He angered black leaders by derailing the nomination of a black judge appointed to US district court by Clinton in 1999, and by making comments indicating that he admired Confederate war heroes who fought to preserve slavery. He accepted an honorary degree from fundamentalist Bob Jones University, which until recently had a policy that banned dating between racial groups.
Ashcroft has long opposed reproductive freedom, and is frequently lauded by groups who worship fetuses and believe that women should be forced to have children, even if their pregnancies result from rape or incest.
Prominent members of the marijuana movement are troubled by the Ashcroft nomination.
“He was one of the most mean-spirited members of Congress,” said Keith Stroup, executive director of NORML. “He’ll be an incredible threat in every way. The Fourth Amendment will be overridden. He is the one who early on demanded Clinton’s impeachment and accused Clinton of being soft on drugs. He is going to make life miserable for us, especially for people looking for medical rights in states where they have been passed, for the next four years.”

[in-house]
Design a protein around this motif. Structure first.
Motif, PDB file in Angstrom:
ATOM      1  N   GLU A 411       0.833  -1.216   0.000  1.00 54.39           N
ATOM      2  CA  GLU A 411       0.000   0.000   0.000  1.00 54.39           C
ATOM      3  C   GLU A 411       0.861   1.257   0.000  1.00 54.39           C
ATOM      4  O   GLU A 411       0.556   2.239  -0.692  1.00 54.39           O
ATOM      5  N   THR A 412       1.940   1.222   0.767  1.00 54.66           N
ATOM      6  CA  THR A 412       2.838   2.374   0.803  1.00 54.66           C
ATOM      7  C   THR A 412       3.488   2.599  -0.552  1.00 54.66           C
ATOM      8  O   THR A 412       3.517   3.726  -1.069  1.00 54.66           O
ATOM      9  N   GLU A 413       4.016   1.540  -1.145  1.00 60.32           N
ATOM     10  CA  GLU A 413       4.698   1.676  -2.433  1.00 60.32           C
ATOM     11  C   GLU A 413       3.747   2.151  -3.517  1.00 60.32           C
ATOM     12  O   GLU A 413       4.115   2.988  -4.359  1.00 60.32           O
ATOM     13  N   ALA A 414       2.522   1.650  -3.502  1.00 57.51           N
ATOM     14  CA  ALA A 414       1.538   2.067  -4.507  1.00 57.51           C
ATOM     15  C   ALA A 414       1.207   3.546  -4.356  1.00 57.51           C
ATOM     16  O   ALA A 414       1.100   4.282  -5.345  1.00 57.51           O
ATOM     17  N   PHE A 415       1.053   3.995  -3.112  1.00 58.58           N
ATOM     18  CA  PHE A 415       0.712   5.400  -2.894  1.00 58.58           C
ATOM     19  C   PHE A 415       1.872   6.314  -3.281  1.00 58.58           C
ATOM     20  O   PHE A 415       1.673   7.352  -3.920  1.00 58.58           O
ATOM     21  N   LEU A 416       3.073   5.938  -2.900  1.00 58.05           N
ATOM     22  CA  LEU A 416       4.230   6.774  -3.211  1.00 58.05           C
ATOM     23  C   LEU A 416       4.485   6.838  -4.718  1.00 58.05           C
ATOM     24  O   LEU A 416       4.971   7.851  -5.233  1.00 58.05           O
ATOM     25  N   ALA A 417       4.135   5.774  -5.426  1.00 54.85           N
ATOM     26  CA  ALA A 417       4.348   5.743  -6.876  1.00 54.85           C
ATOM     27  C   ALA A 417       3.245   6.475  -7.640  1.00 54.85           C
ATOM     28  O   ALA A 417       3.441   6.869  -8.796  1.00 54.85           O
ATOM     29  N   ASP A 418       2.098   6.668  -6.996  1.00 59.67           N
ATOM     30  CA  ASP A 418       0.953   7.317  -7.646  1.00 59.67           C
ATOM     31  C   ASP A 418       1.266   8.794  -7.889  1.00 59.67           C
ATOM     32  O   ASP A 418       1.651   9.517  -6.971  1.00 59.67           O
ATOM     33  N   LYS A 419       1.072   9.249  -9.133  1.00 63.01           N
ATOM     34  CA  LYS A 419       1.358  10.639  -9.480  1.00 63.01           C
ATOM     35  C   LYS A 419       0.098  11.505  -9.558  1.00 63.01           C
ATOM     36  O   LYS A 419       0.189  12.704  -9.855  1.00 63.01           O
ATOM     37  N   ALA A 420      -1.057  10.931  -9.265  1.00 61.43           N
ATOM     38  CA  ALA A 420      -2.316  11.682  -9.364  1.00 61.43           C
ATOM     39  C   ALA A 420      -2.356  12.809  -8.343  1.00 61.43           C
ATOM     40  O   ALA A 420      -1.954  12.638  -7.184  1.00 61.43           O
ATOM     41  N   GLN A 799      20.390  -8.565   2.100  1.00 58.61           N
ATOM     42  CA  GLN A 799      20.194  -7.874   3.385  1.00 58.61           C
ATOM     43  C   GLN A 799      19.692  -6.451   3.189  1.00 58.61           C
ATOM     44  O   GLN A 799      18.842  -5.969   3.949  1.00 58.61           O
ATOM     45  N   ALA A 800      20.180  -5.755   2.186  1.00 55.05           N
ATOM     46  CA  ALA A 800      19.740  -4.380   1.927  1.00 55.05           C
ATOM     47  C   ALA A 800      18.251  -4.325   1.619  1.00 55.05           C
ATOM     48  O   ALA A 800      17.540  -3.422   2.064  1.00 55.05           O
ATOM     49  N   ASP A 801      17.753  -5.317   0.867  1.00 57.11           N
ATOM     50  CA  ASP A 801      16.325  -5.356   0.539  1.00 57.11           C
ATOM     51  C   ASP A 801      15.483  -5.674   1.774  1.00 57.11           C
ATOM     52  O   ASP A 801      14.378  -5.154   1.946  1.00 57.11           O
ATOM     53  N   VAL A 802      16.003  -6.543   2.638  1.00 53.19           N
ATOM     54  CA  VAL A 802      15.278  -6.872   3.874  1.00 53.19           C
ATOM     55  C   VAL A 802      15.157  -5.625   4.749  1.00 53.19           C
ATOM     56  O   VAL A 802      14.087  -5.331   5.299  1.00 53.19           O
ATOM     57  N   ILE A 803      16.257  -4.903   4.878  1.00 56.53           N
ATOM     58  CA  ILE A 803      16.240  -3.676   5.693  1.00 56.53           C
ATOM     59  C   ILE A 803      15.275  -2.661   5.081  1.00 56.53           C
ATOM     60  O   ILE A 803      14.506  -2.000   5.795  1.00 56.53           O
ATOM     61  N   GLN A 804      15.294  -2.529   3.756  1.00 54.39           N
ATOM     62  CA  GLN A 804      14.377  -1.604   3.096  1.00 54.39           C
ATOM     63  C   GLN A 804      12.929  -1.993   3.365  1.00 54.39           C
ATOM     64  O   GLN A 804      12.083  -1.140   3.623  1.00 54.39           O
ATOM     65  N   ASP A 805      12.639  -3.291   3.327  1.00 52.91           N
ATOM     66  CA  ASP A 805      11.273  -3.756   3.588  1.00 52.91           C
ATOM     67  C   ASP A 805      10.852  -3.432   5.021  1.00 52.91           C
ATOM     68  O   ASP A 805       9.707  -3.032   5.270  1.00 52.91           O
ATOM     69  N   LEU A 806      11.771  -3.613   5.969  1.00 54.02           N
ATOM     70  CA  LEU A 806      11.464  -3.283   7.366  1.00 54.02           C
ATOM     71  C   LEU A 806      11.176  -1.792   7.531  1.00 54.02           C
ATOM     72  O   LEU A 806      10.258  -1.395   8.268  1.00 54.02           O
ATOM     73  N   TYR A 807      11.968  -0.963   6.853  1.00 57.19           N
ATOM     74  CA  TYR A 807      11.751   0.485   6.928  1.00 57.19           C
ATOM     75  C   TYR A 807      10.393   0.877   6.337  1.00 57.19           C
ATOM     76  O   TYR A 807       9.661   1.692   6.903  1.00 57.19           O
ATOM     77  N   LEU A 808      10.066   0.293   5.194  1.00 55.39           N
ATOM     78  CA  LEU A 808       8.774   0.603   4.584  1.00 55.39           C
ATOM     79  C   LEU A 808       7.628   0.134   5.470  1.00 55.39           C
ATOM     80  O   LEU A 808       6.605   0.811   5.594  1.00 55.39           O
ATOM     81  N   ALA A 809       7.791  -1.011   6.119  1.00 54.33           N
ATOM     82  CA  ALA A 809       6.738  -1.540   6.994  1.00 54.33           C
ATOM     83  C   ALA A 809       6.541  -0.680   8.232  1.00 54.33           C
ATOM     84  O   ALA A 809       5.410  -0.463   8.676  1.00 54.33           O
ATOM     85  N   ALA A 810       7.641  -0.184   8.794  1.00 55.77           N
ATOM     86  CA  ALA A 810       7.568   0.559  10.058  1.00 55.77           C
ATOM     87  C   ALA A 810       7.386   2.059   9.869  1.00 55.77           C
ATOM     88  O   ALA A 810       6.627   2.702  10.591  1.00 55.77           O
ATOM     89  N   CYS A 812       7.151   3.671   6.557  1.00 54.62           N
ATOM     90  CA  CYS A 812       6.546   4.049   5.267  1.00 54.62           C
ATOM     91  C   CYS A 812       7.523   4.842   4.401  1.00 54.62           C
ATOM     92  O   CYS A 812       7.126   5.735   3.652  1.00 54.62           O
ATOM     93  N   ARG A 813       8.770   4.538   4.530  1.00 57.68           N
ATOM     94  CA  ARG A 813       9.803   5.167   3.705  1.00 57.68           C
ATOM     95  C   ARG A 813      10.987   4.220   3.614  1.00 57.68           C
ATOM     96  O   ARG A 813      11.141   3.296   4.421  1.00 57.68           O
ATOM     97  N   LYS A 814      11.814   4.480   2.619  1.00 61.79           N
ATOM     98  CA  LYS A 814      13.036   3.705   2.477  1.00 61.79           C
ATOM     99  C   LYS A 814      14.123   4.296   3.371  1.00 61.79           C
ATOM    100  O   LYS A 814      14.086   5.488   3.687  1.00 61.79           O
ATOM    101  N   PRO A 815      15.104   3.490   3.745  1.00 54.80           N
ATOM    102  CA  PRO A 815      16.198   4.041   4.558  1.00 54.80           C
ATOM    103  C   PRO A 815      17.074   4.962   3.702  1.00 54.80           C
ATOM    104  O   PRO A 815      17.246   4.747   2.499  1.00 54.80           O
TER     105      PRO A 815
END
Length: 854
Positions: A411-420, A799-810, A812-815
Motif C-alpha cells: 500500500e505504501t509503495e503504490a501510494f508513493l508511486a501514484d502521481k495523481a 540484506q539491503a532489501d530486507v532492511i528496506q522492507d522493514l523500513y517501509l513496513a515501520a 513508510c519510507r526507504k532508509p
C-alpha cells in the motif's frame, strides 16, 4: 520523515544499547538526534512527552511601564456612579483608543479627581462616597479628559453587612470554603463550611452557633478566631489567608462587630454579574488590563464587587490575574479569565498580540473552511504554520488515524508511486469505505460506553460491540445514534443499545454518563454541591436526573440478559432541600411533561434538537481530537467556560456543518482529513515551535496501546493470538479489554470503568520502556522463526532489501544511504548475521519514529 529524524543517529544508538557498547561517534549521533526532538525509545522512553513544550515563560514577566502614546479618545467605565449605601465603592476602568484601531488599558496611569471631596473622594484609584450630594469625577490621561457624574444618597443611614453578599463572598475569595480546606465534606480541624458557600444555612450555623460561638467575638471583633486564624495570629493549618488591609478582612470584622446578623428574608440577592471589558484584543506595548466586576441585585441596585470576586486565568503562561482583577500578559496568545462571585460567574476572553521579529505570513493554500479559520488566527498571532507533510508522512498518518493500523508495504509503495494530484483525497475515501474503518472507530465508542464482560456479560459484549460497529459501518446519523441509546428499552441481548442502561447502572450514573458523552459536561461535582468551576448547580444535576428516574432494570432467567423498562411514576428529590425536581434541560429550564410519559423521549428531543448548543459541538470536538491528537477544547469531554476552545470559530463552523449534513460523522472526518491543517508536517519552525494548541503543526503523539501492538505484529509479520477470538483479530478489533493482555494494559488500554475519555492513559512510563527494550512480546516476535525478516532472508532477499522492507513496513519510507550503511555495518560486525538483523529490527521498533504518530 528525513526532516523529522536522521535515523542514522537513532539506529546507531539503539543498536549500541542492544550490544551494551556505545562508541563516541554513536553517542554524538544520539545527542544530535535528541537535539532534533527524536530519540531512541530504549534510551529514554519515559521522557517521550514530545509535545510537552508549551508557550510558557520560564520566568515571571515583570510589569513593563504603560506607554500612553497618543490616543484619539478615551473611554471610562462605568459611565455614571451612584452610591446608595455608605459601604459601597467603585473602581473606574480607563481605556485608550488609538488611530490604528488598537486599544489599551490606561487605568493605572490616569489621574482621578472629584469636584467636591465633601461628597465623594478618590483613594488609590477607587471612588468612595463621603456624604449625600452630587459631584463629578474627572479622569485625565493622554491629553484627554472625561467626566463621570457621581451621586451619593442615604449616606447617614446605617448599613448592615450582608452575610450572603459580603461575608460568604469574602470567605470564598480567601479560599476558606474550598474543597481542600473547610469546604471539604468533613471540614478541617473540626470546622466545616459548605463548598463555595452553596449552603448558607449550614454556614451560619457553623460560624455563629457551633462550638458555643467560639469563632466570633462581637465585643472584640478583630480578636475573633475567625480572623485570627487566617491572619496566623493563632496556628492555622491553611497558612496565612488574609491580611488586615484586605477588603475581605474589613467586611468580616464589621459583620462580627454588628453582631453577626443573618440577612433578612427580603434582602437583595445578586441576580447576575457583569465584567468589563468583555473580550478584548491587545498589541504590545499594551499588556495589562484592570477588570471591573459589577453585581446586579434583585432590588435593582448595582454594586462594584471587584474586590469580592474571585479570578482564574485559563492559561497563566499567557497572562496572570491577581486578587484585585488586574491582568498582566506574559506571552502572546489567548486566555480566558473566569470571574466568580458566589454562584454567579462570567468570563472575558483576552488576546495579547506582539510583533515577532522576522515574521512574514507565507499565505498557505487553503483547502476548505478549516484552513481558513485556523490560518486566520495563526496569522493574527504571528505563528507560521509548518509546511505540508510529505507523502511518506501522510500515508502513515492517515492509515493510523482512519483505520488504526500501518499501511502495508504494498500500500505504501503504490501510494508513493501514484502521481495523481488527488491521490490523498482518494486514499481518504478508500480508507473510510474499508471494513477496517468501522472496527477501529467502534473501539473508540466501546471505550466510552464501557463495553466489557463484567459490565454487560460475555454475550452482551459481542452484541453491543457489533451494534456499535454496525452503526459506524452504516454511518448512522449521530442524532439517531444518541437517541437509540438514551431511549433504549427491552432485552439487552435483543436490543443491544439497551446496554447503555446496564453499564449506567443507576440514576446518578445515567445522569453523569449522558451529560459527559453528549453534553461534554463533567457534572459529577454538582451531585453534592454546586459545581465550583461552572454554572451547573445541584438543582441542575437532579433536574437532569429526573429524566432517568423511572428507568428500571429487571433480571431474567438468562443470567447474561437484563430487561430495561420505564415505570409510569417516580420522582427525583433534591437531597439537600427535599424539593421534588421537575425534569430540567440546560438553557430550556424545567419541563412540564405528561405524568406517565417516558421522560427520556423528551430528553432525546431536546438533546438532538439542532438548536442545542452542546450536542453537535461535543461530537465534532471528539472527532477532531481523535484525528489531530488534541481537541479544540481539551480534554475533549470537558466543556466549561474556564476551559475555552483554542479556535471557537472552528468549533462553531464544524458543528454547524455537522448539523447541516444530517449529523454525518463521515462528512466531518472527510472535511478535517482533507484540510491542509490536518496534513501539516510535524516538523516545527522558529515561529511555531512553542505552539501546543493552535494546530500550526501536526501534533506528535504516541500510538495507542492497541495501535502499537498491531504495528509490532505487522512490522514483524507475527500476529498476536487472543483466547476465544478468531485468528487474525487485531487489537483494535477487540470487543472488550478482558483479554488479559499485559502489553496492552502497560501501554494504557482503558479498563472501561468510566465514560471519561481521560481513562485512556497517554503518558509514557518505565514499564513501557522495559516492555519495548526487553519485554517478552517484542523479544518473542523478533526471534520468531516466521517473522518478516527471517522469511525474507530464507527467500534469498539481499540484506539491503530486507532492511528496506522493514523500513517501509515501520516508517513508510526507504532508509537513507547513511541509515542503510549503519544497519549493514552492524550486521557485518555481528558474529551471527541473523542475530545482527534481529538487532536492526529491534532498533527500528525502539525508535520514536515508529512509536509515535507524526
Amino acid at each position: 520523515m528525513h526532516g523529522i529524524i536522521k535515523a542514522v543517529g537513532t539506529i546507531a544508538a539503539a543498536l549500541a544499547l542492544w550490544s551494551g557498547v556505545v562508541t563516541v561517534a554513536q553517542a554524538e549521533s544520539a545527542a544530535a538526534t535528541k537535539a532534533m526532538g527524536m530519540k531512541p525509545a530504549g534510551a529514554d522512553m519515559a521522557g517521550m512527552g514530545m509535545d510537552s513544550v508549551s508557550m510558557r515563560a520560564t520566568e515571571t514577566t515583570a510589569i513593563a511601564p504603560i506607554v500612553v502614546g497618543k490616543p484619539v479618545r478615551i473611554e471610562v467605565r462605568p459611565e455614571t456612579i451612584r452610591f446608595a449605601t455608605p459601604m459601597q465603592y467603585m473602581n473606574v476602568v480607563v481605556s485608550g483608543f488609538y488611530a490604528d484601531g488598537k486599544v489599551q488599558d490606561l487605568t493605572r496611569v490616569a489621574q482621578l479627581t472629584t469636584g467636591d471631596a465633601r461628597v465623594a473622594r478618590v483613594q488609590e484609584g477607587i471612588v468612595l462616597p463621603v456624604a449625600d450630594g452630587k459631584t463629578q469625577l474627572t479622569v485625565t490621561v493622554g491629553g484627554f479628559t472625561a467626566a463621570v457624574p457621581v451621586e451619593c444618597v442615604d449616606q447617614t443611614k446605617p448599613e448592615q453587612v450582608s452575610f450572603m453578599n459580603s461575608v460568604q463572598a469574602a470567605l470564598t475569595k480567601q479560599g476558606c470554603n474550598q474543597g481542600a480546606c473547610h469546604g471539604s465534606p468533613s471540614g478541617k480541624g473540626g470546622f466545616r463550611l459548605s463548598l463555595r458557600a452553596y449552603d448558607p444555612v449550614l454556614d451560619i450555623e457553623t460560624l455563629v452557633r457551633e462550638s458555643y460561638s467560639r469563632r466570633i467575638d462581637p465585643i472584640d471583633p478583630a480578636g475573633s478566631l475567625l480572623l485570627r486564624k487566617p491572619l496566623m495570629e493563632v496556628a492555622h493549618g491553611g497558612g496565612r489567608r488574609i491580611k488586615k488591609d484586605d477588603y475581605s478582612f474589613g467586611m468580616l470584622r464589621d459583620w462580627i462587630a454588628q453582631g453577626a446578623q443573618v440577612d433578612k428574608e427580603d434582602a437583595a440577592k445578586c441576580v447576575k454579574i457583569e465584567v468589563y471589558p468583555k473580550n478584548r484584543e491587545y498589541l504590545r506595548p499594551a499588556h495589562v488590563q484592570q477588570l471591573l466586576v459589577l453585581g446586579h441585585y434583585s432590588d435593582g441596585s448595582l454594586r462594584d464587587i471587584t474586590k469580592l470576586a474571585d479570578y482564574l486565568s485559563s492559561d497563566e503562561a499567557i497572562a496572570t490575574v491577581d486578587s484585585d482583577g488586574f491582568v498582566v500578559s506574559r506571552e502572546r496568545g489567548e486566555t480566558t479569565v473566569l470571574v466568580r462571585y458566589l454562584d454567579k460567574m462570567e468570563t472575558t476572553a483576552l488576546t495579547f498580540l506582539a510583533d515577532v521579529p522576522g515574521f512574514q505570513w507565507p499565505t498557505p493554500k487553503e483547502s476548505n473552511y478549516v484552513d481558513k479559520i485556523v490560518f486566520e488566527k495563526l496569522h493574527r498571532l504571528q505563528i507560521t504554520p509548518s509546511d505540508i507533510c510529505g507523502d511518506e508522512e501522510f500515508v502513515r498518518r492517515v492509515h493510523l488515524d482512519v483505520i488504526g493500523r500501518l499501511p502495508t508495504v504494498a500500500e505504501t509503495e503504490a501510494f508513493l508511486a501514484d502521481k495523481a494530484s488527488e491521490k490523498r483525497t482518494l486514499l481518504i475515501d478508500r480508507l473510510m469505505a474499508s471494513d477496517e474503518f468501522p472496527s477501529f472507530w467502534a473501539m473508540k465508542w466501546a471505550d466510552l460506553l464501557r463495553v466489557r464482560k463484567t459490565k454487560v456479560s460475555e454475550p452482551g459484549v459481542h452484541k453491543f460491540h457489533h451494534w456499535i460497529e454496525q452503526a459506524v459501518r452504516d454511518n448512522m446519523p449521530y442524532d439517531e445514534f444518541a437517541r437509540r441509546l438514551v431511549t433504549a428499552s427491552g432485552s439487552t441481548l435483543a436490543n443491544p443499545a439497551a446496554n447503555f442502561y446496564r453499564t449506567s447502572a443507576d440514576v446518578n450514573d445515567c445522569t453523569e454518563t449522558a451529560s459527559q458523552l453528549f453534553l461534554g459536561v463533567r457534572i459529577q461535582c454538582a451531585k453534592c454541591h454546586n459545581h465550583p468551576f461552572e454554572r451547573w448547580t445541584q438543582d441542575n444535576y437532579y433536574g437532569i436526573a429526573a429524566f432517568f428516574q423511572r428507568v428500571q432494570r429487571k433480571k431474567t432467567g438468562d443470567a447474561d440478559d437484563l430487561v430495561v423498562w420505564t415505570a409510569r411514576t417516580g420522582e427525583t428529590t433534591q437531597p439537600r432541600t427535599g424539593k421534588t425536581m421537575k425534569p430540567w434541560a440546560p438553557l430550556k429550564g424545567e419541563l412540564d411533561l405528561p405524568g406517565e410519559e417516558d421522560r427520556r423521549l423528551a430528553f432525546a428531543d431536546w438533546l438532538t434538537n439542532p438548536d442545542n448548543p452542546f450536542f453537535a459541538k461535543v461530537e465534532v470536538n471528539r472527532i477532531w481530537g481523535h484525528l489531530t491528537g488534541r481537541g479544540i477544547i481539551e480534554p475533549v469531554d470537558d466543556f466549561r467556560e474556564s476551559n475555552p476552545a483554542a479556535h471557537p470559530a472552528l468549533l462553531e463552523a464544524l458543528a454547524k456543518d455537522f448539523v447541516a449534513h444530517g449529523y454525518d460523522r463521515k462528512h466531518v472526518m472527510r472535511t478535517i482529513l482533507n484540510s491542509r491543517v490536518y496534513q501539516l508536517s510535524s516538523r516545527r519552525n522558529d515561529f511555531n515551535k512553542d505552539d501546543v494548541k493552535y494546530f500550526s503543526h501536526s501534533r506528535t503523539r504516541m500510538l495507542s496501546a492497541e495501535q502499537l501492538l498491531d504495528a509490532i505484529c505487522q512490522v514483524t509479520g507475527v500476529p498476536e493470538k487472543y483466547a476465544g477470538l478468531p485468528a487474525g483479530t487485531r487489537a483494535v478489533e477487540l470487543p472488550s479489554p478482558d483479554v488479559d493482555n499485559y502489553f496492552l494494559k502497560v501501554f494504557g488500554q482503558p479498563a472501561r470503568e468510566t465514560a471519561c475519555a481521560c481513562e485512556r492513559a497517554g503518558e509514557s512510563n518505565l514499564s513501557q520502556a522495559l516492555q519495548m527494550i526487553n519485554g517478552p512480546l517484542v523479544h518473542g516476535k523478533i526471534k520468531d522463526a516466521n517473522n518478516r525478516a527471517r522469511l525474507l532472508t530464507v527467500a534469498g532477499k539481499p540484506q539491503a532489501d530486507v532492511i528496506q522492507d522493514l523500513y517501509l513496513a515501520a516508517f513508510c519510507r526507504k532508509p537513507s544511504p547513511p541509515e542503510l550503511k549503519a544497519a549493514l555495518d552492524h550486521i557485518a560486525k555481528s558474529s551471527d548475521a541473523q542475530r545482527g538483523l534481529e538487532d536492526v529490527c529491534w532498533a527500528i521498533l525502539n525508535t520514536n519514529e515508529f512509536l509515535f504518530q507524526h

Stroup said the drug policy reform movement has to move cautiously as Bush takes power, but he doesn’t view a Bush presidency as a total disaster.
“I’ve lived through a number of presidents, and it’s hard to tell sometimes who will turn out to be better for you,” Stroup said. “We thought Clinton would have been good, and now you see that he tells Rolling Stone that small amounts of marijuana should be decriminalized, and we are hoping he will pardon all non-violent drug offenders, but under Clinton, we have seen more marijuana arrests than ever before. Maybe Bush will be a good target, a visible opponent that we can all rally against.”
NORML and some of its Congressional allies might bring a marijuana decrim bill to Congress within a year, Stroup predicted.
“We’re also looking at hope in states like New Mexico, where the governor is on our side,” he said. “We are going to run an ad campaign there, and try to get decrim passed. It’s nice to have some places where progress can be made.”